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Apong Meling's Sinigang #SoupSwappers


Here we are at the fourth event of 2021 for our Soup Saturday Swappers group. Wendy of A Day in the Life on the Farm started this event and, every month, I get a new array of soup recipes to put in my to-try pile. This month, Sid of Sid's Sea Palm Cooking is hosting.

She chose a theme of 'Soup to Celebrate Your Ancestry.' Sid encouraged: "Share a soup that provides a link to your ancestry. Some of us are going to have many countries from which to choose."

Apong Meling

Since both my parents immigrated from the Philippines, my ancestry is pretty easy to define. But I considered the ancestry of my kids and thought about Swedish and Portuguese soups from my mother-in-law's side...or a variety of Northern European soups from my father-in-law. But, in the end, I landed on my Filipino ancestry and wanted to share a dish from my paternal grandmother, my grandma Meling. 


I didn't call her 'Apong' which means great-grandparent. But, in her later years, that was her name because that's what my boys called her.


Naturally, my sweetest memory of my grandmother involved food. Here goes. I'm grateful that my boys were able to meet - and remember - my grandmother. She was a wonderful woman and an amazing cook. Some of the other dishes that I made that remind me of her...




And, with my maternal grandmother, I rolled lots and lots and lots of lumpia. But I'm going way off topic from my ancestral soups.



Sinigang 101
From the piquant tamarind to the bitter mustard greens, Grandma's sinigang was always my favorite. Over the years, I would ask her for the recipe or, at the very least, to let me watch her cook it so I could learn. She would always decline, saying, "No, Cami, whenever you want sinigang, you just come visit." So, I did.

On one visit, I brought my boyfriend Jacob - now my husband and the father of two of her great-grandsons - and Grandma had a pot of sinigang on the stove. Grandma ladled out steaming bowls and we sat down together. Now that I think about it, she didn't start eating right away; she just watched Jacob dig in. He was as smitten as I was, asking if I knew how to make sinigang. I explained that no, it was a secret recipe and that Grandma was never going to give me the recipe because she preferred to culinarily blackmail me: as long as I didn't know how to make it on my own, I would have to come visit to get it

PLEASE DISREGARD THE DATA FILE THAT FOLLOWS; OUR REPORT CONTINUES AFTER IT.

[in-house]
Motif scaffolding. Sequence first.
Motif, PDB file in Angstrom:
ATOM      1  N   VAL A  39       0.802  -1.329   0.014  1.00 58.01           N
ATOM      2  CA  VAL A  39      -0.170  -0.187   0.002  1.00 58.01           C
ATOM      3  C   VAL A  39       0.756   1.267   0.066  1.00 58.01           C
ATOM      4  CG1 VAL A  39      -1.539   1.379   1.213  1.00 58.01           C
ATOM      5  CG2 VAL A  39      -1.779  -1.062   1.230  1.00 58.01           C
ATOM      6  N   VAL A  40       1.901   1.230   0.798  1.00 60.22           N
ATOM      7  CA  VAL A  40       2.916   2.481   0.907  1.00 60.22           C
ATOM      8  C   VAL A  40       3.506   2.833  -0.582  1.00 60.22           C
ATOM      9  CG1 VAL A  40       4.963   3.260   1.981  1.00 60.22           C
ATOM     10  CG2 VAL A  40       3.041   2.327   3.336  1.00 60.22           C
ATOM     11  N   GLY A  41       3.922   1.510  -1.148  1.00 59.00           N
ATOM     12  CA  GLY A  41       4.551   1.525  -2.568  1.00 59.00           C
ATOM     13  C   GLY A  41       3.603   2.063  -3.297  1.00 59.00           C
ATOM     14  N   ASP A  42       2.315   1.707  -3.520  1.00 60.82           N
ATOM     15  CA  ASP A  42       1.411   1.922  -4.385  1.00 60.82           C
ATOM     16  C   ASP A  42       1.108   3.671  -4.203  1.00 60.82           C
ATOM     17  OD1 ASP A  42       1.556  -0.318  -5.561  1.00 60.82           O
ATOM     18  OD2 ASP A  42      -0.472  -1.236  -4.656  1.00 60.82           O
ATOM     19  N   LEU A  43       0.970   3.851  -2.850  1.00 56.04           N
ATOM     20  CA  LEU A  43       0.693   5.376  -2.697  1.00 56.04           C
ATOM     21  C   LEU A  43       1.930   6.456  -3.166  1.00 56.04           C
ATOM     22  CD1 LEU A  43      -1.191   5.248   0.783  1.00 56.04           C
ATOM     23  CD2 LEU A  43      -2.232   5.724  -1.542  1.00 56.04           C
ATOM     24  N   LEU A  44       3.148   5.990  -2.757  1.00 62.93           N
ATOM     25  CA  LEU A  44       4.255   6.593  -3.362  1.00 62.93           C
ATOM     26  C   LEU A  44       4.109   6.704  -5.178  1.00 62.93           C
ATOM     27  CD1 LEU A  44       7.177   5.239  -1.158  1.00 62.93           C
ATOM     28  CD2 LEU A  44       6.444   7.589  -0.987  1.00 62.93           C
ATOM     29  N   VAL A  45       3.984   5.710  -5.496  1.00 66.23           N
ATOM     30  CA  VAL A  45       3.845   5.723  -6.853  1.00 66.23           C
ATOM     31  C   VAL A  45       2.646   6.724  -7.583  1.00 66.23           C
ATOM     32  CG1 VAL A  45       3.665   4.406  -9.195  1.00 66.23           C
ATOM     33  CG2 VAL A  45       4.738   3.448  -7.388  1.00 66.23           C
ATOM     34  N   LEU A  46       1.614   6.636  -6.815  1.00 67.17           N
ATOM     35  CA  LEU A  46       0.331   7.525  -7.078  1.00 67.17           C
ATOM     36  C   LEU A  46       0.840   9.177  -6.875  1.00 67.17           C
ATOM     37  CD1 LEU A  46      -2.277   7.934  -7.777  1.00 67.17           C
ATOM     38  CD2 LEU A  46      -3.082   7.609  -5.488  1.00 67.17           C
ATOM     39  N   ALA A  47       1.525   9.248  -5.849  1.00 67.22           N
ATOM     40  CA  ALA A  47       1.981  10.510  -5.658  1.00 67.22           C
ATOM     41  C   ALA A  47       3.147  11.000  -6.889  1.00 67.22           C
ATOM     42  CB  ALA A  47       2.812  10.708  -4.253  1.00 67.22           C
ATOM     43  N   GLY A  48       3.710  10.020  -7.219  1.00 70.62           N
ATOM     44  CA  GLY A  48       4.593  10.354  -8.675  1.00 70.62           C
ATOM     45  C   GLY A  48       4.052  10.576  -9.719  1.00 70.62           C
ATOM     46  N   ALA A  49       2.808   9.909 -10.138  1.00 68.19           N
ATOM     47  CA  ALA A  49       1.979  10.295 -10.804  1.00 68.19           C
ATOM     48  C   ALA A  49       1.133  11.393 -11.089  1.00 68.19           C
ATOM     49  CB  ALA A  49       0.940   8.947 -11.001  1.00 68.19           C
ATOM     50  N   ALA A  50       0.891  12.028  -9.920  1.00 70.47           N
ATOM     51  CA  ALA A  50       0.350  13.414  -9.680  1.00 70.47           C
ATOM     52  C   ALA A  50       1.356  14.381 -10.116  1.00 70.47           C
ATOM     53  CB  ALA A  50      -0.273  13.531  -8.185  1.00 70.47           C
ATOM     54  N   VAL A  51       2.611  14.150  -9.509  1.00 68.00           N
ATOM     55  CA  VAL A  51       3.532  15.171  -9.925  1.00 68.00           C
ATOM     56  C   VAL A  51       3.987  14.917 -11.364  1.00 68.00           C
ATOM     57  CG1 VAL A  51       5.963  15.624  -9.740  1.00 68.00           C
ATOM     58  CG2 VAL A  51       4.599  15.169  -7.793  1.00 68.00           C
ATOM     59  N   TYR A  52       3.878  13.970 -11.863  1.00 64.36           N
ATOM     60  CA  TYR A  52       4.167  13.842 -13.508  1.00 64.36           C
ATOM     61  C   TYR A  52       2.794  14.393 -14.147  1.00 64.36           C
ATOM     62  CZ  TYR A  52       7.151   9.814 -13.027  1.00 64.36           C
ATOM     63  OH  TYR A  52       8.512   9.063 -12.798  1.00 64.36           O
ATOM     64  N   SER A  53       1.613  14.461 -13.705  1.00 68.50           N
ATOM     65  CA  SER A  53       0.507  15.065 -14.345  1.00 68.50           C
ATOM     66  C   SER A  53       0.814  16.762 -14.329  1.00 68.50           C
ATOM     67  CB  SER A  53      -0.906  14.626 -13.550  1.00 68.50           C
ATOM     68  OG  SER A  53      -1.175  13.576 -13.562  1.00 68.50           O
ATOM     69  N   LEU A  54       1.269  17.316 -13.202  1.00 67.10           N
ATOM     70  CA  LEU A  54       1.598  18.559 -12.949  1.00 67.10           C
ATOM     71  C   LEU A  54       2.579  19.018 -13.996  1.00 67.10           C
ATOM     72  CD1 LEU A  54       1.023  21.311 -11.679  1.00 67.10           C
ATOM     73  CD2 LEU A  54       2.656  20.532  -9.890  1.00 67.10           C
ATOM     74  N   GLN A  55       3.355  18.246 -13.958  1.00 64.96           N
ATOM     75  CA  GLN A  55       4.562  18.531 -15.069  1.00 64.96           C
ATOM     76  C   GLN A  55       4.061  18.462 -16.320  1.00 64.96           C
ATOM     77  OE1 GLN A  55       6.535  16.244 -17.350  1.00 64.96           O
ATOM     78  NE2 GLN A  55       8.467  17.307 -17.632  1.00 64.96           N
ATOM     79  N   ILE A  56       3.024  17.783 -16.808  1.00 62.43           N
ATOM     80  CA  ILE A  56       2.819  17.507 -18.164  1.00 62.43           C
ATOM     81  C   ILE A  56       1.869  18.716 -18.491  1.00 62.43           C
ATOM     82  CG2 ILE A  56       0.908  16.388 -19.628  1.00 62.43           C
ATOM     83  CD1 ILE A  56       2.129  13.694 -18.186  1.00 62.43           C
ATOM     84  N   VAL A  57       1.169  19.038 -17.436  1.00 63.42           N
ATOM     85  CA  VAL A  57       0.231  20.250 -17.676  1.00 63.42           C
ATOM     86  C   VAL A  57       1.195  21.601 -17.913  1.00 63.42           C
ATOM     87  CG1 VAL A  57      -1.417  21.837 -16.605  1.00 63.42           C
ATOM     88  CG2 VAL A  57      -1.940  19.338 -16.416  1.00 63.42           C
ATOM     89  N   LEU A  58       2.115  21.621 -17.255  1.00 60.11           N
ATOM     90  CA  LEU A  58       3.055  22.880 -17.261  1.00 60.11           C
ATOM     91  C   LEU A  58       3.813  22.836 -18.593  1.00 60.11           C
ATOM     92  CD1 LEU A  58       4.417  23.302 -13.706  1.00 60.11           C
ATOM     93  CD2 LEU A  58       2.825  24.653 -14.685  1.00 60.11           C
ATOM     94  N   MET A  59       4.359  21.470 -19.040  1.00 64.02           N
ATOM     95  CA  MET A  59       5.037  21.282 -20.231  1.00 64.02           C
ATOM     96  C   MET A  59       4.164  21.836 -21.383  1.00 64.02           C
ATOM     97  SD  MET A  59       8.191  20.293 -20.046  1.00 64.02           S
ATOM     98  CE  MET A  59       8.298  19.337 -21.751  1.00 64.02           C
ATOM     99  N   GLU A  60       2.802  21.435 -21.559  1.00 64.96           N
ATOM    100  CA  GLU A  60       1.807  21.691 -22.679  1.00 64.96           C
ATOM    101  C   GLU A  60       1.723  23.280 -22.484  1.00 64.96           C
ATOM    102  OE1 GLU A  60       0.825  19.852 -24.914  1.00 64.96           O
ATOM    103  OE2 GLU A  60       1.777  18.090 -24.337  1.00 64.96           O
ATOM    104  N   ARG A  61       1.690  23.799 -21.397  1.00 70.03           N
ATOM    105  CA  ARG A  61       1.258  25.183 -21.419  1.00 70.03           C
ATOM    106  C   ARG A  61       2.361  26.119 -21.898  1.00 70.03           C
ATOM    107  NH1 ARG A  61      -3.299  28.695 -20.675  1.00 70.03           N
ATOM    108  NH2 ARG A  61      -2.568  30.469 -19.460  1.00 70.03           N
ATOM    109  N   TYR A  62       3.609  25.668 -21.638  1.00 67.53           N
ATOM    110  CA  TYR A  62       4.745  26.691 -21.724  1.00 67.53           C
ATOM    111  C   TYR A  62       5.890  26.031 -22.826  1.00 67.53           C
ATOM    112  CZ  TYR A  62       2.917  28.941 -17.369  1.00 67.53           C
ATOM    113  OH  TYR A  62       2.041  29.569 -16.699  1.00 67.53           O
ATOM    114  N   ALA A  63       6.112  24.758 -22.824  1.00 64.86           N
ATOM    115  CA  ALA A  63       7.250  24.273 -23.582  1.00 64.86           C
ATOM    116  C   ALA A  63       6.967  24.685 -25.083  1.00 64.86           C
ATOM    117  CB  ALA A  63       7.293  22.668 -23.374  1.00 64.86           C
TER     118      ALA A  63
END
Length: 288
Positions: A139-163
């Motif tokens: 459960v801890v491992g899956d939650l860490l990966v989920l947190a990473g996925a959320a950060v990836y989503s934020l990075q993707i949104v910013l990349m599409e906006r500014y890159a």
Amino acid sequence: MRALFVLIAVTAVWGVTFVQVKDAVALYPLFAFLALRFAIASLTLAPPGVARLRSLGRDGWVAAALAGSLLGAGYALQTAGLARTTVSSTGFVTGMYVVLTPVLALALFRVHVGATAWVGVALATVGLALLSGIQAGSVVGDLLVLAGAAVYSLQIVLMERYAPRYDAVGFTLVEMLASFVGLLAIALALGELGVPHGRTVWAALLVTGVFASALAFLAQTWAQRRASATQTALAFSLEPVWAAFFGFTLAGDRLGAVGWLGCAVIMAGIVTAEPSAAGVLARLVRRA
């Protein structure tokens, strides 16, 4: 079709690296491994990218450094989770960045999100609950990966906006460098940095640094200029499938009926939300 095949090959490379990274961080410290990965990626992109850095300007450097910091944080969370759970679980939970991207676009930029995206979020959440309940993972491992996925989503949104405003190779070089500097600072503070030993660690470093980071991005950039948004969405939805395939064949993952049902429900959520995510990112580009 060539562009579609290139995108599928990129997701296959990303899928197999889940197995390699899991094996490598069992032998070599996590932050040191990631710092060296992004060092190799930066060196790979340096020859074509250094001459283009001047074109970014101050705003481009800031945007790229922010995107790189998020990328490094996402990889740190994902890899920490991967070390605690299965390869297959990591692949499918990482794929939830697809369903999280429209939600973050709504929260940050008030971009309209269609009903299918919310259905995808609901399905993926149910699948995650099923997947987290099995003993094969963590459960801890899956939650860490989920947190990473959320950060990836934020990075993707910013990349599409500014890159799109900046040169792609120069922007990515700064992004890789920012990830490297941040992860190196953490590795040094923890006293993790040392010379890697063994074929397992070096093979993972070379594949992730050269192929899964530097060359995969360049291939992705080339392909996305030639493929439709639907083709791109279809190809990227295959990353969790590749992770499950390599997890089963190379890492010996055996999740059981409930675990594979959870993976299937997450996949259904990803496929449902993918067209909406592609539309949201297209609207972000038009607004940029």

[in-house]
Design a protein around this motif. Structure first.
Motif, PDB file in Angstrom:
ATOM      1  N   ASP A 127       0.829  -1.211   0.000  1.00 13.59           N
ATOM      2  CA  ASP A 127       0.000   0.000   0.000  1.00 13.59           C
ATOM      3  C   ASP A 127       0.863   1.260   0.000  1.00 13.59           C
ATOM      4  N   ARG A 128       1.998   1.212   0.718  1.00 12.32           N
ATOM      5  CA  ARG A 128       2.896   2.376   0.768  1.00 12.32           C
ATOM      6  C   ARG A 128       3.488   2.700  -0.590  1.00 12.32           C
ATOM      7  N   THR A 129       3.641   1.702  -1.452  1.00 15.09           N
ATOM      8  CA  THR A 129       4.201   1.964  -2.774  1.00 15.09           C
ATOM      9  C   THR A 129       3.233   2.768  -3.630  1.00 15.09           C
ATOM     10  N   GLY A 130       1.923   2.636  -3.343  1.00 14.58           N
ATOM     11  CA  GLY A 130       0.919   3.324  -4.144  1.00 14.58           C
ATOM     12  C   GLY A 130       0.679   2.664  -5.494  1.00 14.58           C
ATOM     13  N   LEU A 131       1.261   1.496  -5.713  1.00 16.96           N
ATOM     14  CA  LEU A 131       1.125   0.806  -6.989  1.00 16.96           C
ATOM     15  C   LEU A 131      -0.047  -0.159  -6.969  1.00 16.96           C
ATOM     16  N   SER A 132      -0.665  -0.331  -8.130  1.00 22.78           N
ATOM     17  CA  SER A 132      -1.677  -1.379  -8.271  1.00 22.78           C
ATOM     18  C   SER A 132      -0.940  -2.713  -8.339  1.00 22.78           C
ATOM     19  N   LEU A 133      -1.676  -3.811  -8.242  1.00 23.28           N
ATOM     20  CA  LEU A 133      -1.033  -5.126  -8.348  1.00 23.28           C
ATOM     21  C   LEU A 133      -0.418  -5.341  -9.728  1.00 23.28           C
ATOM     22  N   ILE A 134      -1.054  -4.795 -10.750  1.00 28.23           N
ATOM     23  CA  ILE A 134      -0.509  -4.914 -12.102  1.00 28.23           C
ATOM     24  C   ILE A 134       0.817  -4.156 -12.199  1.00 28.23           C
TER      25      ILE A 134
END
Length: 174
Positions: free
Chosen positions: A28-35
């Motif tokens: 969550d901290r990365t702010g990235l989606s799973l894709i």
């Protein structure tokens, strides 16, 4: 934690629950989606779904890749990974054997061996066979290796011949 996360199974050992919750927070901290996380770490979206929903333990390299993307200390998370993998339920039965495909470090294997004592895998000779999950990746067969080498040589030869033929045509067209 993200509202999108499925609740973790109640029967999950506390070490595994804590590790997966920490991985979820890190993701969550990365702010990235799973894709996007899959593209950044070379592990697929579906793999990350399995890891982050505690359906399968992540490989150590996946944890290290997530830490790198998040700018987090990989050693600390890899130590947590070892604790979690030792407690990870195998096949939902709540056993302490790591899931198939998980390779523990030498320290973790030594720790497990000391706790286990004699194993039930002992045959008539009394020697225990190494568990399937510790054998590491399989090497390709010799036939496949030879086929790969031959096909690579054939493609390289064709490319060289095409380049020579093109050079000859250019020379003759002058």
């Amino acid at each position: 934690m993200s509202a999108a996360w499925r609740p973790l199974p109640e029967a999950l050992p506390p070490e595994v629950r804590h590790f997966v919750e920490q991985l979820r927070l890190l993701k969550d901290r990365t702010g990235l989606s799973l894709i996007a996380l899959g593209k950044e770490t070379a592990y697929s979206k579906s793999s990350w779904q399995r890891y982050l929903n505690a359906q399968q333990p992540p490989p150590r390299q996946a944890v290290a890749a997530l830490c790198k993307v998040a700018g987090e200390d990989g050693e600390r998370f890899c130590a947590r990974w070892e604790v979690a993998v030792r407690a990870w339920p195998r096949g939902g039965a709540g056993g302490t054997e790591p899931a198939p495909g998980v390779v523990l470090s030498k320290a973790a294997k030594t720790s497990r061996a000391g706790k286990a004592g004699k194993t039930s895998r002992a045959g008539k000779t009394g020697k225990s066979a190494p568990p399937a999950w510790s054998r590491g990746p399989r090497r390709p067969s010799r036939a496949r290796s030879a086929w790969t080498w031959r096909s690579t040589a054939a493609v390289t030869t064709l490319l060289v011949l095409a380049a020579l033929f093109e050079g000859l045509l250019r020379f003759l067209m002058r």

At the end of the afternoon, Grandma walked us to the front door to say goodbye. As she hugged me, she said, "Now, I will show you how to make sinigang. Come back next week."

"Why now?" I asked, equally excited and flabbergasted.

She just smiled and patted Jacob's shoulder. "Don't worry. I will teach her how to make sinigang for you, Jacob."

Sinigang

Sinigang is a sour Filipino soup made with shrimp and tomatoes, characterized by its tangy-sour taste that comes from the use of the tamarind fruit.

Ingredients
  • 6 cups water
  • 2 onions, peeled and chopped
  • 3 tomatoes, diced
  • 1 pound shrimp, cleaned but with head and tail intact
  • 2 Tablespoons fish sauce
  • 1 to 2 Tablespoons pure tamarind paste
  • 1-1/2 cups green beans, cut into 1" pieces
  • 1-1/2 cups chopped greens (we like using mustard greens)

Procedure

In a large pan, bring the water to a boil. Add in the tomatoes and onions and simmer for 30 minutes. Add in the green beans and cook for 1 to 2 minutes. Stir in the shrimp and season with fish sauce, to taste. Cook until shrimp are opaque, approximately 3 to 4 minutes. Fold in the greens until wilted. Season to taste with the tamarind.


Ladle into bowls and enjoy immediately with rice.


So many delicious memories of eating this at my grandparents' house. And so very grateful that my grandmother finally showed me how to make this.

That's a wrap for our ancestral soups event. We'll be back next month as the group's founder leads us in an exploration of soups that contain eggs. Stay tuned...

Comments

  1. I loved reading your memories of your grandmother, these are such special thoughts and memories that never fade, that's an interesting soup, looks so delicious!

    ReplyDelete
  2. Thanks for sharing your memories with us Cam. I'm so disappointed I couldn't join in but love reading all the posts.

    ReplyDelete
  3. Oh those photos made me tear up. I remember telling my daughter that my grandmother was her great grandmother, and she said "yes, she's great!" Such memories.

    ReplyDelete
  4. Love the memories that go into this recipe - and this sounds beautifully flavorful. I have some tamarind paste in my pantry, I will definitely give this one a try!

    ReplyDelete
  5. Memories with grandparents are always awesome and food plays a major role. My daughter accepts one of the sweets made by mom as the best even though I make it. It's is the memory that is associated being with them and making with them. Love you shared yours. The soup is amazing. We make similar tamarind based vegetarian versions. Thanks for sharing your recipe.

    ReplyDelete

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